Mixer seals are critical for pharmaceutical, chemical, and food process plants. These are highly engineered seals designed to keep contaminants from entering the process fluid and keep the process fluid from reaching the environment. A leak in the process fluid or contamination can result in a batch of product being ruined, which can be extremely costly depending on the application. This makes mixer seal performance extremely vital and offers very little room for error. Mechanical seals are available for all types of mixers, such as top-entry, bottom-entry, and side-entry mixers.
Top-entry mixer seals need to be designed to handle excessive shaft movement as the impeller is at the bottom of the shaft. To safeguard against this movement, manufacturers often design top-mount mixer seals to have one face with a much larger cross-section than its mating face. Another consideration for a top-entry seal is that the process fluid will be at the bottom part of the vessel. This means the mechanical seal is actually sealing the gas phase of the product and may never actually come into contact with the process fluid. This seal is also designed to keep any contaminants from entering through the top of the vessel which is of special consideration for this type of mixer due to gravity. Top-entry mixer seals can be designed in single dry-running, dual dry-running, dual lift-off, or dual wet-running configurations. If a dual seal is used, a compatible, pressurized/unpressurized gas or liquid buffer/barrier fluid may be utilized if deemed necessary for the application.
Bottom-entry mixer seals are, as anticipated, mounted to the bottom of the vessel. Since the process fluid naturally settles at the bottom of the mixer, the seal will need to be designed to seal the process fluid as opposed to its gas phase. Some process fluids have solids that can collect near the seal faces. To counteract solids accumulation from damaging the seal, many bottom-mount seals are designed with a longer sleeve that extends up into the vessel. If the seal is not removed after the vessel is drained, bottom-mount seals are often designed with smooth, tapered edges and wider spaces to assist with equipment cleaning. Since many applications require FDA certification, everything that can be done to prevent any bacteria build up is always a plus. For example, many bottom-mount seals have an electropolish finish on the metal parts. This extremely smooth finish helps prevent bacteria from sticking to parts within the seal and guards against product contamination. Bottom-entry mixer seals can be designed in a single wet-running or dual wet-running formation. If a dual seal is used, a compatible, pressurized/unpressurized liquid buffer/barrier fluid may be used depending on the application.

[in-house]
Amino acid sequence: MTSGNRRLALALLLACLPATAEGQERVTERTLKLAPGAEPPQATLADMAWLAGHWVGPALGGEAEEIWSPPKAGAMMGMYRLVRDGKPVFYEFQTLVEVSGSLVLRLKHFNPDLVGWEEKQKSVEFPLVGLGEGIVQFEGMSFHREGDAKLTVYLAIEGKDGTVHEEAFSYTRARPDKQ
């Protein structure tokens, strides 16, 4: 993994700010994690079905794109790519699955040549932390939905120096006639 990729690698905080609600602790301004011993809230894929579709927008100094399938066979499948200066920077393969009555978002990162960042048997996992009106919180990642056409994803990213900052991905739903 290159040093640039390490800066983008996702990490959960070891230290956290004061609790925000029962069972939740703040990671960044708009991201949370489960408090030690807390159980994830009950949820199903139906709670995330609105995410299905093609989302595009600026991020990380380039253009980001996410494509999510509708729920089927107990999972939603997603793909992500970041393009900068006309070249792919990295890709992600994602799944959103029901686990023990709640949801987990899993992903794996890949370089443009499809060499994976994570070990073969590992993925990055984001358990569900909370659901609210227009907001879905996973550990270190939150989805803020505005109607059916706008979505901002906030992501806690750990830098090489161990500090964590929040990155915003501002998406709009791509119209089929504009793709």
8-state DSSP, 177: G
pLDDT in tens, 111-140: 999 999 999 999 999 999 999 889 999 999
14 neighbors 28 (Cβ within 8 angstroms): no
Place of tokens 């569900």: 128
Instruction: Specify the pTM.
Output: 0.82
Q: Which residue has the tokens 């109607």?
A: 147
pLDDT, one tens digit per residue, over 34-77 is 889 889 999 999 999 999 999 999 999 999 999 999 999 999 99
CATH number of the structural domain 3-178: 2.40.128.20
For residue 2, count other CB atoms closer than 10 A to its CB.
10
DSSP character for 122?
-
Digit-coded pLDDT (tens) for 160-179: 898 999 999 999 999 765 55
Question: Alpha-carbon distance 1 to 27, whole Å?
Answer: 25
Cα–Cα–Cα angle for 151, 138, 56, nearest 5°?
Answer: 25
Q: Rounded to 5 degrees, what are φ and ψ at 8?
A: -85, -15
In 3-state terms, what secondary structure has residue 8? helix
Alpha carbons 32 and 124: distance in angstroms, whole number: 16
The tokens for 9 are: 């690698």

Side-entry mixer seals have aspects of both of the top-mount and bottom-mount seals. The mixer shafts are typically shorter than top-entry mixers. However, the horizontal shaft raises concern about shaft runout. Depending on the height of the liquid, the seal may or may not be exposed to the process fluid. If the seal is exposed to the process fluid, the seal can be designed similarly to the bottom-mount seals to assist in cleaning procedures and improved bacteria growth resistance. If the impeller is not fully immersed in process fluid, it could “slap” the fluid and cause the shaft and seal to bounce. This often leads to premature seal failure. In this instance, a bearing can be installed in the seal to remedy some of the shaft movement. Side-entry seals can be designed in any single or dual configuration available for the top and bottom-mount seals. Again, if a dual seal is utilized, a pressurized/unpressurized gas or liquid buffer/barrier fluid may be used depending on the application.
There is much to consider when designing and installing mixer mechanical seals given their popular use in critical applications. Correct seal selection and design is extremely important in very expensive and highly regulated operations. Not all top-mount, bottom-mount, and side-mount seals are the same. There are many different types of each seal to assist with the needs of each application. Something to note, additional bearings can be integrated into the mechanical seal to help resolve potential shaft runout and protect the mechanical seal.